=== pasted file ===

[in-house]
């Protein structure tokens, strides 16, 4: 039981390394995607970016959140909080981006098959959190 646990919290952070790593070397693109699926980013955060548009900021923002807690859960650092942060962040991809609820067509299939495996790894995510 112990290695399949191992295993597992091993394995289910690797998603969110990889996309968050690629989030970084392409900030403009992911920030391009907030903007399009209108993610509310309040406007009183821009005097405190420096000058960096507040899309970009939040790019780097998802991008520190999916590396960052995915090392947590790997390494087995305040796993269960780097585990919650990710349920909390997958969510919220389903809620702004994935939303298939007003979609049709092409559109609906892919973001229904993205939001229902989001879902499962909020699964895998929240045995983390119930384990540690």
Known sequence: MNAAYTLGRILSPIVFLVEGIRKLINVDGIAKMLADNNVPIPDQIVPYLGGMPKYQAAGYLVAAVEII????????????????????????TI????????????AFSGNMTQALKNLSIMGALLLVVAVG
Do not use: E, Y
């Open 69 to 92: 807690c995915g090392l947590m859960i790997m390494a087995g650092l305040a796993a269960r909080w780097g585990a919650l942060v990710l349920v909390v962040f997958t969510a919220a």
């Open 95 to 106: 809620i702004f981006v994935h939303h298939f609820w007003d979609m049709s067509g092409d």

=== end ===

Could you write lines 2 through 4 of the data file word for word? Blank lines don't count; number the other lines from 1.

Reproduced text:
């Protein structure tokens, strides 16, 4: 039981390394995607970016959140909080981006098959959190 646990919290952070790593070397693109699926980013955060548009900021923002807690859960650092942060962040991809609820067509299939495996790894995510 112990290695399949191992295993597992091993394995289910690797998603969110990889996309968050690629989030970084392409900030403009992911920030391009907030903007399009209108993610509310309040406007009183821009005097405190420096000058960096507040899309970009939040790019780097998802991008520190999916590396960052995915090392947590790997390494087995305040796993269960780097585990919650990710349920909390997958969510919220389903809620702004994935939303298939007003979609049709092409559109609906892919973001229904993205939001229902989001879902499962909020699964895998929240045995983390119930384990540690």
Known sequence: MNAAYTLGRILSPIVFLVEGIRKLINVDGIAKMLADNNVPIPDQIVPYLGGMPKYQAAGYLVAAVEII????????????????????????TI????????????AFSGNMTQALKNLSIMGALLLVVAVG
Do not use: E, Y